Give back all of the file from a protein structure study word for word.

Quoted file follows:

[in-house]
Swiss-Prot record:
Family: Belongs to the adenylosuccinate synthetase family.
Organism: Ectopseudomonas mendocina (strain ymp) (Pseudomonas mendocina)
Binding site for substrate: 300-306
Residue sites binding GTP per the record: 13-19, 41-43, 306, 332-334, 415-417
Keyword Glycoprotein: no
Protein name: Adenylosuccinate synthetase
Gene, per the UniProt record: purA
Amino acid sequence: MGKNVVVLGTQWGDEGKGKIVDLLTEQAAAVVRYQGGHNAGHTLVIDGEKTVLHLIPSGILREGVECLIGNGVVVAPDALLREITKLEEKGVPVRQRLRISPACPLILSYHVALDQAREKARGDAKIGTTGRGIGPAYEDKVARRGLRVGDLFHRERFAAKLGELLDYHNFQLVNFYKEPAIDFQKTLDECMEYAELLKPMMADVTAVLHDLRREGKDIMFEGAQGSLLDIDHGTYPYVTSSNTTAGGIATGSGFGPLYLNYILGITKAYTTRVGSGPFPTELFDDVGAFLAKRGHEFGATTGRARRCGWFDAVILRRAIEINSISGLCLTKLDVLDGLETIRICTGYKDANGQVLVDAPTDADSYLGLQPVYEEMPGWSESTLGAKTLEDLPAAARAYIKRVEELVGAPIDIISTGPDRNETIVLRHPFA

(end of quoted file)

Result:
[in-house]
Swiss-Prot record:
Family: Belongs to the adenylosuccinate synthetase family.
Organism: Ectopseudomonas mendocina (strain ymp) (Pseudomonas mendocina)
Binding site for substrate: 300-306
Residue sites binding GTP per the record: 13-19, 41-43, 306, 332-334, 415-417
Keyword Glycoprotein: no
Protein name: Adenylosuccinate synthetase
Gene, per the UniProt record: purA
Amino acid sequence: MGKNVVVLGTQWGDEGKGKIVDLLTEQAAAVVRYQGGHNAGHTLVIDGEKTVLHLIPSGILREGVECLIGNGVVVAPDALLREITKLEEKGVPVRQRLRISPACPLILSYHVALDQAREKARGDAKIGTTGRGIGPAYEDKVARRGLRVGDLFHRERFAAKLGELLDYHNFQLVNFYKEPAIDFQKTLDECMEYAELLKPMMADVTAVLHDLRREGKDIMFEGAQGSLLDIDHGTYPYVTSSNTTAGGIATGSGFGPLYLNYILGITKAYTTRVGSGPFPTELFDDVGAFLAKRGHEFGATTGRARRCGWFDAVILRRAIEINSISGLCLTKLDVLDGLETIRICTGYKDANGQVLVDAPTDADSYLGLQPVYEEMPGWSESTLGAKTLEDLPAAARAYIKRVEELVGAPIDIISTGPDRNETIVLRHPFA